The Chancellor, Jeremy Hunt, will deliver the Autumn Statement on Thursday, 17 November. It is anticipated that there will be a raft of measures to plug a £50bn black hole in the country’s finances. The government needs to raise taxes and/or cut spending. What could be on the table? With inflation in the background and the potential of further interest rate rises on the horizon, Chris Groves and Charlie Tee, partners in our Private Client and Tax practice, explore the options open to the treasury.
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So following the recent fiscal event or not a budget that was actually a budget which had such a turmoil in the country and the departure of both Kwasi Kwarteng and Liz Truss from Office. The new chancellor Jeremy Hunt has announced the event on 17th of November will be a full Autumn statement and this time will be supported by full forecasts from the office of budget responsibility something that was conspicuously lacking last month. Earlier this year, Rishi Sunak when he was actually still Chancellor of the exchequer rather than Prime Minister had said that look I want to go back to having one fiscal event a year. It's gonna be a budget and it's going to be in the Autumn and so it's possible that despite having got here by a roundabout route, this is what we're getting back to.
As is traditional on the run-up to any kind of budget or Autumn statement is a mixture of announcements and leaks that tried to set the scene beforehand to test the public mood. We know the chance is placing facing a £50 billion hole in his finances and he's got to fill that. Some of that will come from spending cuts, some of them will come from tax increases. What we're hearing is about half of it will be spending cuts and half of it tax increases. That compares with the period of austerity under George Osborne where 80% was spending cuts and 20% tax increases.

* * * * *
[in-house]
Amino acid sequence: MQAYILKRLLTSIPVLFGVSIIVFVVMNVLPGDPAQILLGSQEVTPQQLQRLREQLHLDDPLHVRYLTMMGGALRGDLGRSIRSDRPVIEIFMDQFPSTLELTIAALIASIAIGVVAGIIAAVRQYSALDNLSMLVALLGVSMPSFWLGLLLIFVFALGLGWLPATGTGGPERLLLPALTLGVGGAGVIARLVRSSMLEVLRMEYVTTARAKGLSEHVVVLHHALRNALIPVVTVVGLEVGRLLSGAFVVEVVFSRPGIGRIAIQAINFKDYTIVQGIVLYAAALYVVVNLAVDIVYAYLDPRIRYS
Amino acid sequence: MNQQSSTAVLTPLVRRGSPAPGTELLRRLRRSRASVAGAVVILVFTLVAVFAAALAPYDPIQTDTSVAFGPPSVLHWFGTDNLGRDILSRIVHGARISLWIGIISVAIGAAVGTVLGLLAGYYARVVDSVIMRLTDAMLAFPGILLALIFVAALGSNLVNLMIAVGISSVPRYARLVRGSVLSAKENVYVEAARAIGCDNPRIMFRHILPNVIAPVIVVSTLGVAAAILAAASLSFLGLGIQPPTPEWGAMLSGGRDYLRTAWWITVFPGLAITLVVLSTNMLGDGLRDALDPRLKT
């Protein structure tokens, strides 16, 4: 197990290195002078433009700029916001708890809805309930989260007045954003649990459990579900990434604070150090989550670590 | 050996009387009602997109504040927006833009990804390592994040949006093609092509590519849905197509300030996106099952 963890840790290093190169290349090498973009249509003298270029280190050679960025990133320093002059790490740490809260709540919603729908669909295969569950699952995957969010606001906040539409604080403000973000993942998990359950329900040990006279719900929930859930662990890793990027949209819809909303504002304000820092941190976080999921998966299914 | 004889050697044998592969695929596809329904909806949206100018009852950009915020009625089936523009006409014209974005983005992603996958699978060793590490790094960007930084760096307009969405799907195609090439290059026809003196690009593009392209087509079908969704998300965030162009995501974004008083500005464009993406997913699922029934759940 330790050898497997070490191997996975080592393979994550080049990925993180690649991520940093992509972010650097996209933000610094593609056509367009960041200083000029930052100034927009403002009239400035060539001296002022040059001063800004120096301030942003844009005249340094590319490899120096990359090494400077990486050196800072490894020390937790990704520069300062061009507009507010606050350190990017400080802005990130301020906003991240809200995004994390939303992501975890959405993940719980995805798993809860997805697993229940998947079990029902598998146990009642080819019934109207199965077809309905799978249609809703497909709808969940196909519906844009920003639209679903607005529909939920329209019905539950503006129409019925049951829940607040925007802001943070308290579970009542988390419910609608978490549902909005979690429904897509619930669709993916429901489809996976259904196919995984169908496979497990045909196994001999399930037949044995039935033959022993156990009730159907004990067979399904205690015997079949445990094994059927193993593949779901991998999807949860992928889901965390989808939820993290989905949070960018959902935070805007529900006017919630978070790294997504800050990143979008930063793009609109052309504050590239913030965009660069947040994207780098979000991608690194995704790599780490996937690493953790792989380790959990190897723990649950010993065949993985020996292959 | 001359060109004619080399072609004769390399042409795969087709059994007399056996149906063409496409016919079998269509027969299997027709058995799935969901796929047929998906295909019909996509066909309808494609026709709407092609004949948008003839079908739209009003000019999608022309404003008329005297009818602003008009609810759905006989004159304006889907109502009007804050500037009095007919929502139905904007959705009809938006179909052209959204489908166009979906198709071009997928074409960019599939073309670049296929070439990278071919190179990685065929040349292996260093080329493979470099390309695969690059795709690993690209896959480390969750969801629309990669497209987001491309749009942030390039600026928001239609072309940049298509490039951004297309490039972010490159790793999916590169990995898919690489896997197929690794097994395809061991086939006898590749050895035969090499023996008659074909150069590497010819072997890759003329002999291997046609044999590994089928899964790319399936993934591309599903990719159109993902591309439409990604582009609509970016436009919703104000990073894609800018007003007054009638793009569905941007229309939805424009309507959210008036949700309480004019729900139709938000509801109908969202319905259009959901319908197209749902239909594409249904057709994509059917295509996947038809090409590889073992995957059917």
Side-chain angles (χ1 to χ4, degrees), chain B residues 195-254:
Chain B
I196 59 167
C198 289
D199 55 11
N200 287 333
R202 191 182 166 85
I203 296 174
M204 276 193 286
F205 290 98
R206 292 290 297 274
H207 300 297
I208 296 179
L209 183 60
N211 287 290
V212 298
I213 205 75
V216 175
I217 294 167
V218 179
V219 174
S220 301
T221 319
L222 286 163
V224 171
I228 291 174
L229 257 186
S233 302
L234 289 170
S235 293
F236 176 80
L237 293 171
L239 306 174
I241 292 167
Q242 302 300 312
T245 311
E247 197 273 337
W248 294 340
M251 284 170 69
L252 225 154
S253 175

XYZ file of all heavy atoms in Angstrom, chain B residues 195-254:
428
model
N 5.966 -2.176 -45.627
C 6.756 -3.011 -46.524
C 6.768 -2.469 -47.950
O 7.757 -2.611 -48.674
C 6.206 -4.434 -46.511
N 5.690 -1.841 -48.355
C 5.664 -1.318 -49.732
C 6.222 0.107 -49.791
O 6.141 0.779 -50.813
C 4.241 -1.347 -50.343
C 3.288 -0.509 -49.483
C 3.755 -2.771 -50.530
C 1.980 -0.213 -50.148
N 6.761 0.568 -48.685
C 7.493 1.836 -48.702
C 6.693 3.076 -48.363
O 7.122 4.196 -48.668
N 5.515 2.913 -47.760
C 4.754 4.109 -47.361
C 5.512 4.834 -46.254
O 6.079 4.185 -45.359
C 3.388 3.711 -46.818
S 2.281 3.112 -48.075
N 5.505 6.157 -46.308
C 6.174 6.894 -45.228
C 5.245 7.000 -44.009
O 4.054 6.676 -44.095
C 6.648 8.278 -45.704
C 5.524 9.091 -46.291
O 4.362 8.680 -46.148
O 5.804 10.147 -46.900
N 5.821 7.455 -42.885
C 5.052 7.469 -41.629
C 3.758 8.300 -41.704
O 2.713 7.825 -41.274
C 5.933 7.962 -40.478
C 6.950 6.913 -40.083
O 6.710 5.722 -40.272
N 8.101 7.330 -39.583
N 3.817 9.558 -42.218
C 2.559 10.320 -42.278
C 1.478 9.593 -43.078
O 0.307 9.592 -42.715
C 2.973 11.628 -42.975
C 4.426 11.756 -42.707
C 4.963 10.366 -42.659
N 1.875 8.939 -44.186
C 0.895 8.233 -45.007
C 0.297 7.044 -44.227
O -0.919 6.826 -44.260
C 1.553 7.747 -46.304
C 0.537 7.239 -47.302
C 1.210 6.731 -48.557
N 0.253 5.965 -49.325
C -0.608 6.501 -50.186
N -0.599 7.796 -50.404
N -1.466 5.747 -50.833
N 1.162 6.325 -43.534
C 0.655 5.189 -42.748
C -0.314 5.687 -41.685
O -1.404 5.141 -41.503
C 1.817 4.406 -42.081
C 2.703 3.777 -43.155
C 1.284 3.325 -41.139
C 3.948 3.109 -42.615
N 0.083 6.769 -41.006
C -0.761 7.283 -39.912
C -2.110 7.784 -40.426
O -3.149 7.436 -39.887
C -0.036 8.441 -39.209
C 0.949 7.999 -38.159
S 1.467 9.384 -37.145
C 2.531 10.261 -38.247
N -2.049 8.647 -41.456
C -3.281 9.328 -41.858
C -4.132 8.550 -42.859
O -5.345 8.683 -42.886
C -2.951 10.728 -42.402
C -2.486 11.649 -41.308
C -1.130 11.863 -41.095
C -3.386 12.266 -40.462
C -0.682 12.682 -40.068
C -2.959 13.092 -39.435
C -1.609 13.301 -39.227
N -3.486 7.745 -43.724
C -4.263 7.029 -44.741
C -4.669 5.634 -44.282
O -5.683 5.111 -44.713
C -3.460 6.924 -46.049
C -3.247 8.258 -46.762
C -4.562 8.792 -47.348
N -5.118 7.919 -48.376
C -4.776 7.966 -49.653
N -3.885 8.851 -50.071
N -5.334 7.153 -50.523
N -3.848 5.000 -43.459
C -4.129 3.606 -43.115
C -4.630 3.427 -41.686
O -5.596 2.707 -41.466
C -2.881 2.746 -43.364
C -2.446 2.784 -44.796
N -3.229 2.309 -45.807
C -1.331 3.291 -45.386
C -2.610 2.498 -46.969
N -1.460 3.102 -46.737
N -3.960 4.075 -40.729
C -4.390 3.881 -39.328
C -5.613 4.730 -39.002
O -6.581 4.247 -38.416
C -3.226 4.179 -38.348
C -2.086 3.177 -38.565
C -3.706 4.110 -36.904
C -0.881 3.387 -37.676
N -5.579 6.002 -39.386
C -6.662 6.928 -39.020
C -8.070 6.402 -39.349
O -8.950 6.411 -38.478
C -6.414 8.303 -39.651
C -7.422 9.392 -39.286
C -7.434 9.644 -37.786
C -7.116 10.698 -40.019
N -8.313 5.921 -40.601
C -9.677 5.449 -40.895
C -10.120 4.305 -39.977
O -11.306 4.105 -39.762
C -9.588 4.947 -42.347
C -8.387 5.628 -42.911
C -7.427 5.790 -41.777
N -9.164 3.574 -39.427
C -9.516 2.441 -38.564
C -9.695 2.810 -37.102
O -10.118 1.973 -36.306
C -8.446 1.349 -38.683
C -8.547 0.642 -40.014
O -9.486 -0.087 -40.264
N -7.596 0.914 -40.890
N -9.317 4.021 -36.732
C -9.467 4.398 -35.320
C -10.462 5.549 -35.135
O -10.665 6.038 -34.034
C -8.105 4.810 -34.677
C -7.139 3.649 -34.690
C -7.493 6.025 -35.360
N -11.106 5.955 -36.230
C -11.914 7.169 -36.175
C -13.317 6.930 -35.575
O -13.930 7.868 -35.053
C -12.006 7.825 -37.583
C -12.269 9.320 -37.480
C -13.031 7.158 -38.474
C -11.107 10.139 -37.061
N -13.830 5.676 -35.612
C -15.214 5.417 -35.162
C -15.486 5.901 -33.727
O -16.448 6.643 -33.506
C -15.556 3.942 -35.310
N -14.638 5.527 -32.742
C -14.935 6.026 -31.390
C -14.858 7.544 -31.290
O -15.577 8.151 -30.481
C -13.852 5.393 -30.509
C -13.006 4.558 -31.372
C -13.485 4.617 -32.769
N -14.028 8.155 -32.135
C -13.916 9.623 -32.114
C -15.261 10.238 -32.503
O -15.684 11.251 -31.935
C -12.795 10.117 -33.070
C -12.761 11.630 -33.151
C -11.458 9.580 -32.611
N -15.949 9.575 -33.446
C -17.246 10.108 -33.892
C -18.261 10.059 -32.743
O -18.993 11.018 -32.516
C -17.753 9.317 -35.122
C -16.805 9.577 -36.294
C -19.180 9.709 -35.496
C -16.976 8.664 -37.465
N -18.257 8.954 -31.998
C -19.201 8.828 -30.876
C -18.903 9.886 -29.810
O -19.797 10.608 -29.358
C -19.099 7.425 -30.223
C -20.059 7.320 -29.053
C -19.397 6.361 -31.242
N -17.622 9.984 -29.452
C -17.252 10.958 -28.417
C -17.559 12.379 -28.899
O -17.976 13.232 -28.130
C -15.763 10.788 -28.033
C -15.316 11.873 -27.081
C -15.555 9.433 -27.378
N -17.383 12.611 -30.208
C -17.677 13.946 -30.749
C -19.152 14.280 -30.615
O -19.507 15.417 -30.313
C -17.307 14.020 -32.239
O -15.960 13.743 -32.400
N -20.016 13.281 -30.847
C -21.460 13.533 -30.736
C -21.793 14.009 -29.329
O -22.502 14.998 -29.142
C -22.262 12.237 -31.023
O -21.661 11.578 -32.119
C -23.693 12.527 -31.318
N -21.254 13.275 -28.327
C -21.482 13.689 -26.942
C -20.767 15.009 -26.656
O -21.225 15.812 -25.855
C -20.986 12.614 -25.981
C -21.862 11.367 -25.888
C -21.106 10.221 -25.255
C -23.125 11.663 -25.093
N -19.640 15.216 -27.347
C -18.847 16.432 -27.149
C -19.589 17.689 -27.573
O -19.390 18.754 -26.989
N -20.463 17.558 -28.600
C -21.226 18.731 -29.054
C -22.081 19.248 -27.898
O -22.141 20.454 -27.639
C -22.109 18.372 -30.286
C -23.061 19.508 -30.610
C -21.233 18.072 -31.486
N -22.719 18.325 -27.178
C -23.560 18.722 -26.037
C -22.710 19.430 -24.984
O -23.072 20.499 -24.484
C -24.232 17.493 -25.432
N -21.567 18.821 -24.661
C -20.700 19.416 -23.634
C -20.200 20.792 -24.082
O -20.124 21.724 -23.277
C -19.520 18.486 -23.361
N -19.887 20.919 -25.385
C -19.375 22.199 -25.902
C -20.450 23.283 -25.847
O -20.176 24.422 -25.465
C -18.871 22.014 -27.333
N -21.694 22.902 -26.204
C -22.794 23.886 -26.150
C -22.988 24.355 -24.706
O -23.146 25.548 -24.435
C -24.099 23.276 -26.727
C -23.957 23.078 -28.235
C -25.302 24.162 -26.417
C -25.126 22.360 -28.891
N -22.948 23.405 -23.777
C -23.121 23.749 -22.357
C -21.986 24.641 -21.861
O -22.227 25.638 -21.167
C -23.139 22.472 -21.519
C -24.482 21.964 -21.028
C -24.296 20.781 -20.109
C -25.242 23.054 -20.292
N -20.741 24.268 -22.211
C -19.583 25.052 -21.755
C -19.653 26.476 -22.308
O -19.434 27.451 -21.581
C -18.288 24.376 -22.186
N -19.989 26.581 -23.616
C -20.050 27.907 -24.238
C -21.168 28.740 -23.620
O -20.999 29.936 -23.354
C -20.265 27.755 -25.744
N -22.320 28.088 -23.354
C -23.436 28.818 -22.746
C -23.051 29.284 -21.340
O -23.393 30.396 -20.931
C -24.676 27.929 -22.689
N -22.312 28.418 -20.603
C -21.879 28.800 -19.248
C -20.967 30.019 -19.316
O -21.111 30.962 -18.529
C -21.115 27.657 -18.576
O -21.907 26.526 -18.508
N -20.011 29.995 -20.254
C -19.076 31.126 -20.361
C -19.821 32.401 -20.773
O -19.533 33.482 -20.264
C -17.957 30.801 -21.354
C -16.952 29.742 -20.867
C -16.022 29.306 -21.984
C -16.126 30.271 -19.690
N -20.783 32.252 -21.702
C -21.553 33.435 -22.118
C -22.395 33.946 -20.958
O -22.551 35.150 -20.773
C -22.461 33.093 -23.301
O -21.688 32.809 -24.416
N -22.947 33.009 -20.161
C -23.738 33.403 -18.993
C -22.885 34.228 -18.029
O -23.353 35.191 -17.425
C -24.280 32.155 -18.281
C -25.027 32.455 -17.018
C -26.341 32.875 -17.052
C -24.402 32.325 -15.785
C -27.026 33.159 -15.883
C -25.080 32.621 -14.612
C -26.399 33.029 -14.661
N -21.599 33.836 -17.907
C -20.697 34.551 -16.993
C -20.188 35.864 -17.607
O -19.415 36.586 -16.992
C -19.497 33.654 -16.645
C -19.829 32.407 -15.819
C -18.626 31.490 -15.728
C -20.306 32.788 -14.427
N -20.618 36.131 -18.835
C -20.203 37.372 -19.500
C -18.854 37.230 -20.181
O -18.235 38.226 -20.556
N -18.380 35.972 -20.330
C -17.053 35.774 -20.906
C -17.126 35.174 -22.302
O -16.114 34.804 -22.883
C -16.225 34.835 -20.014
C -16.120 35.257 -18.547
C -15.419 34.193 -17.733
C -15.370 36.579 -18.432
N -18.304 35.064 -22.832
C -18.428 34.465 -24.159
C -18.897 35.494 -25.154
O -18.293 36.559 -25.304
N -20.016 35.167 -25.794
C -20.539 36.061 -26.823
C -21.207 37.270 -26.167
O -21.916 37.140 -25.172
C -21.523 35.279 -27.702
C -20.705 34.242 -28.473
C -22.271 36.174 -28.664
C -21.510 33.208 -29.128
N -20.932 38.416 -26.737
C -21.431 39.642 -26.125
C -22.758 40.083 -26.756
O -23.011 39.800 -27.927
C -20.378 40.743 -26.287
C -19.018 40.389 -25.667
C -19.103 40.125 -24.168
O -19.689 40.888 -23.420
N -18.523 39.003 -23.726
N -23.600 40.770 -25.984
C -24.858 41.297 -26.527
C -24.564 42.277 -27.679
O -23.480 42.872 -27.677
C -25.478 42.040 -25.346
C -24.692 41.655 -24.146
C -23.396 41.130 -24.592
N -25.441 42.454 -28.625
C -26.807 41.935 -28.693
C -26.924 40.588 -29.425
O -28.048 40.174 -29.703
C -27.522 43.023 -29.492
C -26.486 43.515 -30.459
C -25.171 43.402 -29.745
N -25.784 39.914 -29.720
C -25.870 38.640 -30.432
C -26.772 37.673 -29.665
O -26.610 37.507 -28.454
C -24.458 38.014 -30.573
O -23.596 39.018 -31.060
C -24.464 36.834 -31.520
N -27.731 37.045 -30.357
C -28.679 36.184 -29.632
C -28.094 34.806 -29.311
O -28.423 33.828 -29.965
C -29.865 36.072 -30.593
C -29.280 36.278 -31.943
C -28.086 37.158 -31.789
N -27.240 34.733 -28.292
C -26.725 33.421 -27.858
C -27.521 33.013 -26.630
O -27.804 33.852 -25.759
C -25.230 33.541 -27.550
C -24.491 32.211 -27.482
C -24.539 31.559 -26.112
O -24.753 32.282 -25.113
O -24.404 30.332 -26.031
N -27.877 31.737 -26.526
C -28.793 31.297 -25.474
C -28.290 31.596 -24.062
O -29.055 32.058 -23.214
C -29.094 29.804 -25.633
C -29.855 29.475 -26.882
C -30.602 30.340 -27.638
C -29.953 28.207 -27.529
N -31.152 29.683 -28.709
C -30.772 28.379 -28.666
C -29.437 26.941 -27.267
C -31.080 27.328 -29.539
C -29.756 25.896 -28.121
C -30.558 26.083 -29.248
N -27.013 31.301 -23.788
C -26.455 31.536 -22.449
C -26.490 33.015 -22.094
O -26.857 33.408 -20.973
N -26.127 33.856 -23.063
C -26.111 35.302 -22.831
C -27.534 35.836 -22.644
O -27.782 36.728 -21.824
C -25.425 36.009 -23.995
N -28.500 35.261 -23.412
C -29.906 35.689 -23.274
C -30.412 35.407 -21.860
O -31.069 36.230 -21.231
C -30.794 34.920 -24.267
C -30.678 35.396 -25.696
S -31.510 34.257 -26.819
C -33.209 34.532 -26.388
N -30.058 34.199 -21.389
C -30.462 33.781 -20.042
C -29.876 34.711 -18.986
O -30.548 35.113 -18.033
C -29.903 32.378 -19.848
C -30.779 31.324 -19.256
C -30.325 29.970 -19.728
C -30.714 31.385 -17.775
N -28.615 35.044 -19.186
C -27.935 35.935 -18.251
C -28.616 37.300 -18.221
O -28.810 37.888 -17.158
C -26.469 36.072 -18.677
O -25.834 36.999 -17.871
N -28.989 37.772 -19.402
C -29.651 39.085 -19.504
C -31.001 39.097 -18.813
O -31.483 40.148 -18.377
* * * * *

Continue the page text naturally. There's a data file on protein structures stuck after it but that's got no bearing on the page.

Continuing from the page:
What I think the first thing is likely to happen is, and it seems to be again widely drail, is there's going to be an increased windfall tax on the big energy companies. So BP and shell in particular are going to be spending some money and it looks like this could raise about £5 billion. The energy companies are expecting to pay this tax, and it's likely that although it's already a winful tax the rate will increase and the period in which it's going to be paid will be extended. I think the other area where they're going to get tax rises and actually one that people don't often appreciate quite as much is what we call fiscal drag or stealth tax. And here you have instead of rates between the bands of income tax rising with inflation as would normally be the case, they're pegged at a certain level and do not increase and what this means is millions more people are dragged into a higher tax bracket and end up paying more tax. People don't tend to notice this as much because the headline rates of income tax aren't increasing. But again, this could raise a further £5 billion or so and I very much expect to see this on the cards.
Chancellors are always very fond of saying they like to benefit hard-working families, but in reality no one gets taxed more than the hard-working family and income is taxed at a much higher rate than investment income. That may come under pressure now. The chancellor may look to raise rates of tax on unearned income investment returns, either by increasing the rate of capital gains tax or increasing the tax payed on dividend income. Both these look right for a rise.
There's been a lot of talk in recent weeks about the non-dom regime. I can't see him actually introducing anything to change the non-dom regime immediately, but I wouldn't be at all surprised if he announced that there's going to be a review into the non-dom regime and actually what might happen there, possibly with the views legislating towards the end of 2024 just as we're going into the election.
Over the next few weeks we'll no doubt see an increasing series of leaks from the treasury as they look to test the public mood on their proposals. Those will be refined. We won't really know what's going to happen until the 17th of November when Jeremy Hunt stands up at the dispatch box.